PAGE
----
I don’t know how you grew up, but for a part of my childhood- it was very much a whatever your parents say goes. Growing up in a Caribbean household, meant you didn’t push back, you don’t challenge and most of all you never saw your parents in a position where they were “equals”, let alone emotional; anger did not count as one of those emotions. There was a generational pressure to keep the balance between parent/child very much tipped towards the parents holding all the cards or power, your feelings as a child was not a part of the conversation. But, being part of that shift in generations, where I have a foot in the pre-internet days and another firmly planted in the insert explosion; we can see that in today’s society the parenting has drastically changed over the years and it has had a major shift. This week on the blog I am discussing my style of “emotional” parenting, read along.
Vulnerability is not a weakness, it is our greatest measure of courage.Brene Brown
One of my greatest missions as a parent is to ensure that I am fully transparent with my daughter ( where appropriate, of course ). I don’t want her to grow up thinking I am infallible or that everything I do will always be correct. One of the things I remember growing up and especially coming from a West Indian family, what your parents say goes. No discussion, no push back and definitely no back chat. And while, I still believe there is value is that and in that social structure of respecting your elders, the idea that adults ALWAYS know what’s best and therefore can never be challenged is a faulty one. Your parents as much as they love you and want the very best for you, ultimately, they cannot live your life for you. They can guide you and they can give you advice based on what they know so far, but at the end of the day you and only you are in charge of living your life. I remember in my teens, the 1st time my mother revealed to me her worries and for the 1st time in my memory, showed vulnerability. Of course at the time I was thinking what on earth is happening? Moms don’t cry, especially not my mom- they have it all figured out, they have all the answers right? Who am I go to if my mom doesn’t have the answers?! But, years later, I realize how tough it might have been for her to show how she was really feeling. And in her seeking a way to connect with me deeper, even if at the time she was merely tired and tears were merely a sign of her being tired. It still stayed with me.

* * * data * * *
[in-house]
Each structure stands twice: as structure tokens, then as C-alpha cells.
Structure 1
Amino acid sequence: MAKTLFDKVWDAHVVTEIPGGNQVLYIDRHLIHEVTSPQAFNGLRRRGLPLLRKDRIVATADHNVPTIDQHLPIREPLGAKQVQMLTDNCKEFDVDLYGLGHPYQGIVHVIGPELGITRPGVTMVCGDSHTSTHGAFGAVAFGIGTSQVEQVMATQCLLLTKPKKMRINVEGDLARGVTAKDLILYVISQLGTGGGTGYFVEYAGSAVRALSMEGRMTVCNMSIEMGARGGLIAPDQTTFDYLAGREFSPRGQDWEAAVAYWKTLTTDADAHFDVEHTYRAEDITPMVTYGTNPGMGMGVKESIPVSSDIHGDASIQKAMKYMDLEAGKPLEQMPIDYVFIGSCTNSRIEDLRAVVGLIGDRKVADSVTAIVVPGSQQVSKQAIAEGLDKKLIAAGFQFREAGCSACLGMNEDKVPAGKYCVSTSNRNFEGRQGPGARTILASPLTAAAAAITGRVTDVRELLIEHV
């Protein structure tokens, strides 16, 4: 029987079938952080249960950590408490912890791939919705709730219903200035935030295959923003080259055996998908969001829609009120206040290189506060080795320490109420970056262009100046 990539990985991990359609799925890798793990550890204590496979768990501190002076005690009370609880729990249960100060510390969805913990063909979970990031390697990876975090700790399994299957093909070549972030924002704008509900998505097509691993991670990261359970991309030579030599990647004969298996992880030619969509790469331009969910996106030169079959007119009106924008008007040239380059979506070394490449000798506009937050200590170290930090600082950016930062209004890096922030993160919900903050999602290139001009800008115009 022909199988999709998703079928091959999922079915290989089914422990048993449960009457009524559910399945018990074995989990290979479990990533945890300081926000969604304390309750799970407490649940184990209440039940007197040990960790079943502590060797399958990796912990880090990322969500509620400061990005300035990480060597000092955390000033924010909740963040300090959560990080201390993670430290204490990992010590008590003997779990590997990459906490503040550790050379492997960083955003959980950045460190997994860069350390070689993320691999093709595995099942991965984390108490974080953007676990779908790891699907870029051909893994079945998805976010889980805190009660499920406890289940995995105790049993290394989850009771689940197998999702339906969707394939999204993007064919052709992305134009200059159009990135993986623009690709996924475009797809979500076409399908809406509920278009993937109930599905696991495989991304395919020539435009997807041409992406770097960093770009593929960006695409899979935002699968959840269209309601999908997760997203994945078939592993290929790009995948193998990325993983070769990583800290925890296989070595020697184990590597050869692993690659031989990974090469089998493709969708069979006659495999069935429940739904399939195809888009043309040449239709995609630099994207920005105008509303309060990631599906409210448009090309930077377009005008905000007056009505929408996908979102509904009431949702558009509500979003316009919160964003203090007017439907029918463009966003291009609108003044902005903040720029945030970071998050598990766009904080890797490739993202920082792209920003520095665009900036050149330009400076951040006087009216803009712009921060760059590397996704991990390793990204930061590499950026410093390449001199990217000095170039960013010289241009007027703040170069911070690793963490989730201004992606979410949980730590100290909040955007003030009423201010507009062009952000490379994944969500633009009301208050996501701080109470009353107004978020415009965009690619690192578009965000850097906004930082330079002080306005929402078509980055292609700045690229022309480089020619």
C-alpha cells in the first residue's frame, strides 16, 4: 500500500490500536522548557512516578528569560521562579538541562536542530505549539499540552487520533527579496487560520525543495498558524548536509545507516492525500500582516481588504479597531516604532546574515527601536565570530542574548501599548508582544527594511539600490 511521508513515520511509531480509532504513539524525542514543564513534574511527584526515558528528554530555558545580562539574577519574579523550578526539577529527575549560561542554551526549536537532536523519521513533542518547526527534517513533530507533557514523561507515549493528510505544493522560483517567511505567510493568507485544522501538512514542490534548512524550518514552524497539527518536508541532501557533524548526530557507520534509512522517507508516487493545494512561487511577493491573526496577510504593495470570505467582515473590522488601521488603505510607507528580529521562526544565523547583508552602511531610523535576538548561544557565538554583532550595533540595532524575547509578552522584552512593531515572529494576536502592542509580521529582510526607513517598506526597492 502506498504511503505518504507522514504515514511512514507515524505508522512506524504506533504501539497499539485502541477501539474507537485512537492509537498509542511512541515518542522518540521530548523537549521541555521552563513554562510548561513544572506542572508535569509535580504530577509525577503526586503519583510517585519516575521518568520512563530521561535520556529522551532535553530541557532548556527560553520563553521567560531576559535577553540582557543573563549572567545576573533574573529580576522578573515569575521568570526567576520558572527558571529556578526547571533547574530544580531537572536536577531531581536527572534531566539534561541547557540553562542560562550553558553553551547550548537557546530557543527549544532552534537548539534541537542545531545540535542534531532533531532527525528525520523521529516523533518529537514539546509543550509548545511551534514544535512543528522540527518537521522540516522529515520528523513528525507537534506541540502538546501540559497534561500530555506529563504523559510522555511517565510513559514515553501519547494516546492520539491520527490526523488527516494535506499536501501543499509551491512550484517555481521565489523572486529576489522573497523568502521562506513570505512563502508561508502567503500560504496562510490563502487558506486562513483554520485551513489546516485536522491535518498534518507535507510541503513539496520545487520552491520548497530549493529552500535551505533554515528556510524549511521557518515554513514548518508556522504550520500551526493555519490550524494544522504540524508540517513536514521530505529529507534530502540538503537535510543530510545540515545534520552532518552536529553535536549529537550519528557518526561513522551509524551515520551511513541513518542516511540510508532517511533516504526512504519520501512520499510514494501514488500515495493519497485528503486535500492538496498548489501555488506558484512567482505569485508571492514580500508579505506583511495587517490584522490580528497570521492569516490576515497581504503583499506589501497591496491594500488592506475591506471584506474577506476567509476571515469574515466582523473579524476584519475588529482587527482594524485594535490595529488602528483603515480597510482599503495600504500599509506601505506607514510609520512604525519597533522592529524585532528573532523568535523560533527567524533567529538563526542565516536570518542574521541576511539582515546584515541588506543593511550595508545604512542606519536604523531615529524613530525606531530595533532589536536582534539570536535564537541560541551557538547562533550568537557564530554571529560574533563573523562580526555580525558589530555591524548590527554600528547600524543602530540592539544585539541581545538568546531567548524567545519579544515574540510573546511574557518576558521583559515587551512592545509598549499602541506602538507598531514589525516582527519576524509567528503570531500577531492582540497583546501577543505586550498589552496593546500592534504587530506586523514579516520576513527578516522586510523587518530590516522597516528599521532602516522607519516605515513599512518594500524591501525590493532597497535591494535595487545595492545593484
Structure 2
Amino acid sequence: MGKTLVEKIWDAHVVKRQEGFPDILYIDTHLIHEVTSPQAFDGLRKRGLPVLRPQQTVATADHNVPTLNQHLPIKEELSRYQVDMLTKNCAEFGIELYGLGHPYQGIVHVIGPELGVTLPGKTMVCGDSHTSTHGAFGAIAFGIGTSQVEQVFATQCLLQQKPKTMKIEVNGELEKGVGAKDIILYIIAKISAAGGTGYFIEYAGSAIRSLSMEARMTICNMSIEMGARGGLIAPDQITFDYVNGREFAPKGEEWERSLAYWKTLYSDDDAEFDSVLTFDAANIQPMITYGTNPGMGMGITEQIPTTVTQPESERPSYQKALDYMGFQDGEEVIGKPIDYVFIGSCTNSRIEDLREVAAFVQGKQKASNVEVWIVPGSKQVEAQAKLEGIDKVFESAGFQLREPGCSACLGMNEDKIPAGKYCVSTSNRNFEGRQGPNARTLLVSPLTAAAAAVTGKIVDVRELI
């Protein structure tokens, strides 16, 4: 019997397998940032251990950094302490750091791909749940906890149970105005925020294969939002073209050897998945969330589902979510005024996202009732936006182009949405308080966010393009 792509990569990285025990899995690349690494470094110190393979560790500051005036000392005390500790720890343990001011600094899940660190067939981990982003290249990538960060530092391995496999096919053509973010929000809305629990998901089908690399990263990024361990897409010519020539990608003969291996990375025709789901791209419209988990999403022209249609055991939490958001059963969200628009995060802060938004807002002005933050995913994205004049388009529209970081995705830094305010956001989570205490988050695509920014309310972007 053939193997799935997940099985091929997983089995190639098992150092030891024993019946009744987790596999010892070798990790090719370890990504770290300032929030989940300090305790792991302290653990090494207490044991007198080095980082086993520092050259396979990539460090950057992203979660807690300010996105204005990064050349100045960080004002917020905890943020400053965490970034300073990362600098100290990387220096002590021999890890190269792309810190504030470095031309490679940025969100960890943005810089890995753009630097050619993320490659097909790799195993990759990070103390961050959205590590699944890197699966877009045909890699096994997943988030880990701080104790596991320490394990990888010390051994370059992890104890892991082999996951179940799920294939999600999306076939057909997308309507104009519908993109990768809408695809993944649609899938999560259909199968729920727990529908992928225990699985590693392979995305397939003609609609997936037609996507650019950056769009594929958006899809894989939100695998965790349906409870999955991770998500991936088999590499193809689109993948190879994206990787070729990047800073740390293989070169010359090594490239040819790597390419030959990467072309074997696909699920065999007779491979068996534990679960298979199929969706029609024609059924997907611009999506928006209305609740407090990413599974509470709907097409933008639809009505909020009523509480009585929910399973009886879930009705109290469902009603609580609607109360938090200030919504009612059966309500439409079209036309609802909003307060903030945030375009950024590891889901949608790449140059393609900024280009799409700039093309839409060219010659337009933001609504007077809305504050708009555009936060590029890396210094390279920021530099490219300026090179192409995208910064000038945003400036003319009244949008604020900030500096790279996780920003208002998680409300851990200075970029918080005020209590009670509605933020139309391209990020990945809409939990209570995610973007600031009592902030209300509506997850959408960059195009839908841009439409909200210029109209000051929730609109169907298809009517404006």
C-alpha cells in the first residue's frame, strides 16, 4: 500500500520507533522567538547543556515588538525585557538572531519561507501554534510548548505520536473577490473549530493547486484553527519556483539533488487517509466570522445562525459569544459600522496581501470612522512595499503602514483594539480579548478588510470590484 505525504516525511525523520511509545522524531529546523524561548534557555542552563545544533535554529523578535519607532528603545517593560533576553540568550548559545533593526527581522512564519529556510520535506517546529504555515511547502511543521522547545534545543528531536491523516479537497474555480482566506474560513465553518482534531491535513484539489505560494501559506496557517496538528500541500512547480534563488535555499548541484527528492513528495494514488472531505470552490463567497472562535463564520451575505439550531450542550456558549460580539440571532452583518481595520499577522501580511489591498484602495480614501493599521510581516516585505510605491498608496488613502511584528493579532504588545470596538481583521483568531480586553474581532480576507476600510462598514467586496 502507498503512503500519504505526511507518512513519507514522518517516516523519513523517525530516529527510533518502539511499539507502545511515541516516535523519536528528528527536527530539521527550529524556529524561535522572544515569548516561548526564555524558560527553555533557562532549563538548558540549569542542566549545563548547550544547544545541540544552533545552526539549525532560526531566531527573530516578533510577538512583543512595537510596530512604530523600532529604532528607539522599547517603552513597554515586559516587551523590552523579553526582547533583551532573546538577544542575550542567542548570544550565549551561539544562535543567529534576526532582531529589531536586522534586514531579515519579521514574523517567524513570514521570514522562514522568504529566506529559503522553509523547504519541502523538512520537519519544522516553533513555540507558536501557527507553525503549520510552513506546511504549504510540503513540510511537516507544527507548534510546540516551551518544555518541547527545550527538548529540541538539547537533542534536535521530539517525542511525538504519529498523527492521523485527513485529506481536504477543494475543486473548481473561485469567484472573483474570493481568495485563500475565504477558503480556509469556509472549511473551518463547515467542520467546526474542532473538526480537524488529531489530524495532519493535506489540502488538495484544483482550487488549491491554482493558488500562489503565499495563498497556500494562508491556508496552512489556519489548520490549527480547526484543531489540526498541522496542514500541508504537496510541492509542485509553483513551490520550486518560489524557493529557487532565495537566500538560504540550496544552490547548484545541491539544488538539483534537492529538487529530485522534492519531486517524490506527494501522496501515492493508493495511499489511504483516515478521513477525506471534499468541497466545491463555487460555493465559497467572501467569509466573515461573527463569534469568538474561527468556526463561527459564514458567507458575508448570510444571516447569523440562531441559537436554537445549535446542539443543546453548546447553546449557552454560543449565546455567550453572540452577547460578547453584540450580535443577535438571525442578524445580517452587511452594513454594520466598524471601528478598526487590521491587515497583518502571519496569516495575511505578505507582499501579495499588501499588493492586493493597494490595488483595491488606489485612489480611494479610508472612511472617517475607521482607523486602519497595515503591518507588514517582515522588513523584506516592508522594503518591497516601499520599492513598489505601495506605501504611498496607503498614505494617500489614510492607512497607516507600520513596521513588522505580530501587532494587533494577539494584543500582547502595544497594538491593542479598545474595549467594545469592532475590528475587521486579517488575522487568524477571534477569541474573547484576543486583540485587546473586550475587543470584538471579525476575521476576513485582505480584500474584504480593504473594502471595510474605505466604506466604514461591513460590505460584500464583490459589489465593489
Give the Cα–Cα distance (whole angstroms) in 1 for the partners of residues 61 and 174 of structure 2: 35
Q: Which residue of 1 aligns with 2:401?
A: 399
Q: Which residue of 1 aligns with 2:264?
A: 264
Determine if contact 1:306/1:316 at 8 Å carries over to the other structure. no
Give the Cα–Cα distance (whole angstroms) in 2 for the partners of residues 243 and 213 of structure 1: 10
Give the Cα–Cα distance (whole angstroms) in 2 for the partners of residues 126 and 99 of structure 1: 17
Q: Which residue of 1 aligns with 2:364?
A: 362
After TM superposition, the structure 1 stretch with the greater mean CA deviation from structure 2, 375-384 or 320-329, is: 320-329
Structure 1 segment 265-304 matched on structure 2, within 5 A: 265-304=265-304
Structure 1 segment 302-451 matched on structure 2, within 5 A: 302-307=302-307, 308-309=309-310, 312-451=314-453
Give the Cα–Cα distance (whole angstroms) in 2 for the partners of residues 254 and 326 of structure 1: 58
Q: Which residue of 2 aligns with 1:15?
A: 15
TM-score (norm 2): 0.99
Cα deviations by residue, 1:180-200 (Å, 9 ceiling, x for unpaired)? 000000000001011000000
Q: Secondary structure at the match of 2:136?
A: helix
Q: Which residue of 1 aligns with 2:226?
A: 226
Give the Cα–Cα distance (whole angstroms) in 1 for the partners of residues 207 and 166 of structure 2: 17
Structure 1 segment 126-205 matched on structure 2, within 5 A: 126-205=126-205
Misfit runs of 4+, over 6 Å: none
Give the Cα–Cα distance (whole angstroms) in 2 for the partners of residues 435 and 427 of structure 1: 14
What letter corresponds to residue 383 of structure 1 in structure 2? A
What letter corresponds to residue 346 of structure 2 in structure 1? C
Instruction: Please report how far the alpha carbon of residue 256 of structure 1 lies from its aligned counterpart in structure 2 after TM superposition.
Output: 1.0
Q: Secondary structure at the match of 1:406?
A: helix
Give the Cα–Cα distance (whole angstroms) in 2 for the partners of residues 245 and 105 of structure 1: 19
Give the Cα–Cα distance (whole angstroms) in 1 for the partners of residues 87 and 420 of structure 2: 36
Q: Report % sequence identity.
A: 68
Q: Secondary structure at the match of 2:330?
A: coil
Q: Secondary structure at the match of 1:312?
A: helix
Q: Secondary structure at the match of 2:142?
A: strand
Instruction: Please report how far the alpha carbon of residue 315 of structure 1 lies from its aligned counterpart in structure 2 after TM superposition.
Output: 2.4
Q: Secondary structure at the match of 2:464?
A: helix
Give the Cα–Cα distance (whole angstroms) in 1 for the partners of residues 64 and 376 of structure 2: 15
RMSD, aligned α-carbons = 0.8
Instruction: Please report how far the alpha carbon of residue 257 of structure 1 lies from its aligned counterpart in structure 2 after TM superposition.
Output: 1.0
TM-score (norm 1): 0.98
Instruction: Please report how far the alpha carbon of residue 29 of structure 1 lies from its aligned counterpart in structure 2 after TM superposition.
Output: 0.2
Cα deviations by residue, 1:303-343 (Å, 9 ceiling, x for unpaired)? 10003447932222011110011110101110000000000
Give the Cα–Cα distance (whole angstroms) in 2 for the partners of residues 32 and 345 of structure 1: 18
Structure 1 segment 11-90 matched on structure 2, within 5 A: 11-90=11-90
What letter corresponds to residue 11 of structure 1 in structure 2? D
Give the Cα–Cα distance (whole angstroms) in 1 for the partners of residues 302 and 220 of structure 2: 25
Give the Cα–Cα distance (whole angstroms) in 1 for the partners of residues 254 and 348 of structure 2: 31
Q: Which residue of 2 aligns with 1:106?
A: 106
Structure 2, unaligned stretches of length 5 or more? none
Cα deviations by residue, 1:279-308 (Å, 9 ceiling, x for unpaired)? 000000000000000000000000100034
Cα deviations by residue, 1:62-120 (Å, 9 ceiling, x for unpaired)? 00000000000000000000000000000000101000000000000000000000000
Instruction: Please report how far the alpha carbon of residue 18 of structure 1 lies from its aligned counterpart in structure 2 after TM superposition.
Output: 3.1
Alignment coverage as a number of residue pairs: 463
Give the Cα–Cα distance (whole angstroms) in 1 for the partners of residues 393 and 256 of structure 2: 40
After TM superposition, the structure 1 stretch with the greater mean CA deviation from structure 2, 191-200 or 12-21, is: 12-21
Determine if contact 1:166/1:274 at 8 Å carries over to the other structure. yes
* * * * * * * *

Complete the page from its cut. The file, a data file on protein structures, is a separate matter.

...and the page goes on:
Vulnerability is the only bridge to build connection.
At the very least, my main goal is to ensure that my daughter is emotionally mature and can understand her feelings and not feel guilty for having them. Of course, at the best of times as adults we struggle with this, but the more and more I mature myself, the more I am learning to give myself grace with my emotions and this is a skill I believe is also important for her. Generations of people viewed their parents through a revered lens and I accept that at the time it was just the way things were, but I feel like we lost years of knowledge and wisdom- had that veil been not been lifted. Maybe we, unknowingly added a pressure to parents to be a certain way and this didn’t allow us to be able to relate to them. Which I think is a real shame, because maybe it would have given us a level of maturity or even a more sympathetic / empathetic view point of the world and its people.
I of course, am no parenting expert and I don’t profess to know a lot, I also have a single child, so my experience is very limited, but at the same time, I also have a mother and sister who work in early childhood education. We discuss, share and see a lot of different things. So this is why I believe showing my daughter that I am fallible, I make mistakes, I don’t have it all figured out. Some answers I will need time to collect or I will need to seek advise. I do not know it all and will and should seek out more qualified people, this will only add to my knowledge and understanding. I have genuinely seen it unlock something in her thought process when I’ve told her that I’m not feeling very well or that I’m feeling frustrated over something. She will either come over to offer a sympathetic hug or if it involves her, she will discuss with me a way she could be making better choices. I am not saying this will work for every child, but for my family structure it has worked wonders and being open and honest with mine, I feel has made her a better person because it helps her to understand my emotions and eventually her own. Do you have any experience with being emotionally open with the children in your circle?